Dyerren Dyerren Dragon Tree soundtrack by Boyd.

Threatened native species of the area are named by the Bankstown World Music Choir, in English and in Latin¹. Sydney Aboriginal man, Matthew Doyle, (Muruwari & Eora), enunciates the names of trees in Dharug, and Dharawal local languages², also threatened and now emerging, and the names of dragons, skinks and snakes, along with words that describe a deep Indigenous connection to trees and wood –  specific words like birragu, a hollow tree, bulbi, a leaning tree, bulu, the shadow of a tree, djurduralang, the tree bark for making fishing lines. Musicians from diverse cultures and traditions were invited to contribute to a composition, a deep, sonorous drone that throbs and rumbles through the Dyerren Dyerren Dragon Tree – from horsehead fiddle, to bass gaida, horn, and tanpura. Voices and instruments emanate from speaker-houses made from the twigs of the tree, and from sound-speakers emerging from beneath its root.

1. Wadi (wood)

Matthew Doyle: voice

2. Djirang (leaves of a tree) 1:46

Mary Rapp double bass, Boyd contrabass clarinet,
Robert Maxwell-Jones bass flute, Bob McIver trombone

3. Bugi (bark) 6:34

Matthew Doyle didgeridoo, Mary Rapp double basses, Bukhu Ganburged khoomei (throat singing) morin khuur (horsehead fiddle)

4. Djuraduralang (bark used to make fishing lines) 3:43

Richard Petkovic harmonium, Mary Rapp cello, Bankstown World Music Choir: Linda Marr (conductor), John Evans, Karen Hamblen, Margaret O’Connor, Ros Borghi, Sandra Perrin, Xin Chen, Perpetua Ekechukwu, Sundus Altai, additional voices Richard, Myka and Ria Petkovic and Diane Townley

5. Gumir (hole in a tree) 1:21

Linsey Pollak playing Kim Sanders’ aardvark (bass gaida bagpipe), Robert Maxwell-Jones bass flutes

6. Birragu (hollow tree) 3:05

Mary Rapp cellos, Bankstown World Music Choir:
Linda Marr (musical director), John Evans, Karen Hamblen, Margaret O’Connor, Ros Borghi, Sandra Perrin, Xin Chen, Perpetua Ekechukwu, Sundus Altai, additional voice, Diane Townley

7. Bulbi (leaning tree) 1:45

Bukhu Ganburged khoomei (throat singing)
morin khuur (horsehead fiddle)

8. Guwibul (dead tree) 3:00

Riff Raff Radical Marching Band brass drums saxophones clarinets,

Stephen Morley horn, Boyd contrabass clarinet

9. Dhuraga (splinter) 2:04

Bankstown World Music Choir voices (on zoom),
Stephen Morley tanpura, Richard Petkovic harmonium

10. Bulu (shadow of a tree) 1:55

Stephen Morley horn, Boyd contrabass clarinet, Matthew Doyle voice

┬╣Threatened species and Endangered ecosystems of the Canterbury/Bankstown region Latin and colloquial

spoken by the Bankstown World Music Choir

1. Acacia pubescens Hairy-stemmed wattle

2. Caesia parviflora Pale Grass Lily

3. Callistemon linearifolius Netted Bottle Brush

4. Deyeuxia appressa sedge

5. Persoonia nutans Nodding Geebung

6. Pimelea spicata Spiked Rice-flower

7. Pterostylis saxicola Sydney Plains Greenhood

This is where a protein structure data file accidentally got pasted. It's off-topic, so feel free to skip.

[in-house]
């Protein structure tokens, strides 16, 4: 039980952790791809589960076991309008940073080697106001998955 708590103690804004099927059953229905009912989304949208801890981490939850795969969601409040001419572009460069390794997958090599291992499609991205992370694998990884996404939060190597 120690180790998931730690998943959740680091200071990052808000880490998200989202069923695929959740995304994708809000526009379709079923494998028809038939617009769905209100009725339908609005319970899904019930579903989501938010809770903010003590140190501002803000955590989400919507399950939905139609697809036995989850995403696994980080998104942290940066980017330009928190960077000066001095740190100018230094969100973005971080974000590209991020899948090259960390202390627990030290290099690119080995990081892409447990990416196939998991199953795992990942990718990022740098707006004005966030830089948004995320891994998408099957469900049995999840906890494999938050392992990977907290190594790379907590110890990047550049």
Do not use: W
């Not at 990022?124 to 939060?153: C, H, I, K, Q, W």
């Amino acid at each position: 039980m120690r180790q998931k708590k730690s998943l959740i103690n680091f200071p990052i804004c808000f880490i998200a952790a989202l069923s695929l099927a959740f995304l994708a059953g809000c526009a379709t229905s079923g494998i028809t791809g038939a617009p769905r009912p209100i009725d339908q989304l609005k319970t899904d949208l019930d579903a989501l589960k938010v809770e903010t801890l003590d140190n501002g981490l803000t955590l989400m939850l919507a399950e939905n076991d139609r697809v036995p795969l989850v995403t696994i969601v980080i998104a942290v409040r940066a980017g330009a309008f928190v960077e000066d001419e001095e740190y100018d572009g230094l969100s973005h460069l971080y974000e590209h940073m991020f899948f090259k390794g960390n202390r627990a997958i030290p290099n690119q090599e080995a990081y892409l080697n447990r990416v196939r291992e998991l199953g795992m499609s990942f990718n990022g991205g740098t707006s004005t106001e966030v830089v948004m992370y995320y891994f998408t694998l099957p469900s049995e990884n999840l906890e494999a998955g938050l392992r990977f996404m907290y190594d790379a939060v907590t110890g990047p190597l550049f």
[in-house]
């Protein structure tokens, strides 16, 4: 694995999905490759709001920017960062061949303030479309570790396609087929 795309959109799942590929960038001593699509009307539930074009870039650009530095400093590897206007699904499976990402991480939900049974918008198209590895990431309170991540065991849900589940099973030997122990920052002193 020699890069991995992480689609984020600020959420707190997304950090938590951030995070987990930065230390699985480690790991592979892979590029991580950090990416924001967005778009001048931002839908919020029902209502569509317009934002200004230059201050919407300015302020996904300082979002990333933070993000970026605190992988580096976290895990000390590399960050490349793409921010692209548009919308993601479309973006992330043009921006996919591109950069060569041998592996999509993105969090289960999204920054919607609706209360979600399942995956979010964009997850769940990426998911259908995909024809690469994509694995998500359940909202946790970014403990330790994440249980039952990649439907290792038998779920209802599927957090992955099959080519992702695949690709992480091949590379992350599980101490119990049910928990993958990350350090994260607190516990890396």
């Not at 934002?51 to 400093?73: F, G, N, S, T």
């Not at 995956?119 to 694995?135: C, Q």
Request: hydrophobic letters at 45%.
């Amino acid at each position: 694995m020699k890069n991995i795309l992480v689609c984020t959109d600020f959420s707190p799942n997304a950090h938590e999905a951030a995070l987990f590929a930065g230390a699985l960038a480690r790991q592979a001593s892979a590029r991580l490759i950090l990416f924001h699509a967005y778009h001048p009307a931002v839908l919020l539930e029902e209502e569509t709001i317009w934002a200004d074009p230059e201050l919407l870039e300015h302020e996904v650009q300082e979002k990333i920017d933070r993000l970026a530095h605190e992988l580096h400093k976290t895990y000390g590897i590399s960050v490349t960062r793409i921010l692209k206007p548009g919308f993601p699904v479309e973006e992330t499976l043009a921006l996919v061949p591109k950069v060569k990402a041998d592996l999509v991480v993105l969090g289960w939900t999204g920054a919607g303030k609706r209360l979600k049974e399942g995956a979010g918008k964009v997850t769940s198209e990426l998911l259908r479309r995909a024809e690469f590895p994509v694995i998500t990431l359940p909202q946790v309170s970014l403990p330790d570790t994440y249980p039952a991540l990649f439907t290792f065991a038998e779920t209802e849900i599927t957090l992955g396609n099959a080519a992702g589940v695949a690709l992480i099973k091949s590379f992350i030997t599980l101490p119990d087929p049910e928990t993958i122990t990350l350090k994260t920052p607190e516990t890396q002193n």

8. Pultenaea pedunculata Matted Bush-Pea

9. Wilsonia backhousei Narrow-leaved Wilsonia

10. Tylophora woollsii Cryptic Forest Twiner

11. Marsdenia viridiflora Native Pear

12. Australasian Bittern

13. Black Bittern

14. Black-chinned Honeyeater

15. Bush Stone-Curlew

16. Flesh-footed Shearwater

17. Freckled Duck

18. Glossy Black Cockatoo

19. Olive Whistler

20. Osprey

21. Pink Robin

22. Powerful Owl

23. Regent Honeyeater

24. Speckled Warbler

25. Square-tailed Kite

26. Swift Parrot 

27. Turquoise parrot

28. Green and Golden Bell Frog Litoria aurea

29. Common Bent-wing Bat Miniopterus schreibersii

30. Grey-headed Flying-fox Pteropus poliocephalus

31. Cumberland Plain Large Land Snail Meridolum corneovirens

32. Sydney Turpentine Ironbark Forest

33. Shale/Gravel Transition Forest

34. Cooks River/Castlereagh Ironbark Forest

35. Shale/Sandstone Transition Forest

36. River Flat Eucalypt Forest

37. Coastal Saltmarsh

┬▓Dharug and Dharawal names

spoken by Matthew Doyle

1. Dyerren dyerren (Dharawal) Port Jackson Pine Callitris rhomboidea

2. Banga’ly Swamp Mahogany Eucalyptus robusta (CB)

3. Burringora Forest Red Gum Eucalyptus tereticornis (CP) (CB)

4. Cobajora Stringybark Eucalyptus eugenioides (CP) (CB)

5. Mogargro White Ironbark Eucalyptus beyeri (CB)

6. Mun’ning Red Bloodwood Eucalyptus gummifera (CB)

7. Mundowey Grey Gum Eucalyptus punctata (CP) (CB)

8. Tarrin’ny Scribbly Gum Eucalyptus haemastoma (CB)

9. Torrangora Grey Iron Bark Eucalyptus paniculata (CB)

10. Tarunde’a Blackbutt Eucalyptus pilularis (CB)

11. Torumba Red Mahogany Eucalyptus resinifera (CB)

12. Werraboyne Peppermint Gum Eucalyptus piperita (CB)

13. Mugagaru Narrowleaf ironbark Eucalyptus crebra (CP) (CB)

14. Wadi wood

15. Guwibul dead tree

16. Bulu shadow of a tree

17. Gumir hole in a tree

18. Birragu hollow tree

19. Bulbi leaning tree

20. Djirang leaves of a tree

21. Bugi bark

22. Djuraduralang bark used to make fishing lines

23. Dhuraga splinter

24. Duga brush or forest—thick wood about a watercourse

25. Djaramada scrub

26. Bidjawong Eastern Water Dragon

27. Ngarang Bearded Dragon

28. Mugadun Bluetongue, Sleepy Lizard

29. Wirriga Goanna

30. Bayagin Leaf-tailed Gecko

31. Marragawan Brown Snake

32. Daning Death Adder

33. Wirragadara Bandy Bandy

34.Djirrabidi Red-bellied Black Snake

(CB) occurring in Canterbury Bankstown (CP)  Cumberland Plains region ref THE SYDNEY LANGUAGE by Jakelin Troy Produced with the assistance of the Australian Dictionaries Project and the Australian Institute of Aboriginal and Torres Strait Islander Studies Canberra 1993. Traditional Aboriginal Names Baulkham Hills Shire.pdf. https://www.thehills.nsw.gov.au/Library/Library-e-Resources/Local-Studies-Family-History/A-Brief-History-of-the-Shire#Aboriginal. Murni Dhungang Jirrar Living in the Illawarra Compiled and written by Sue Wesson.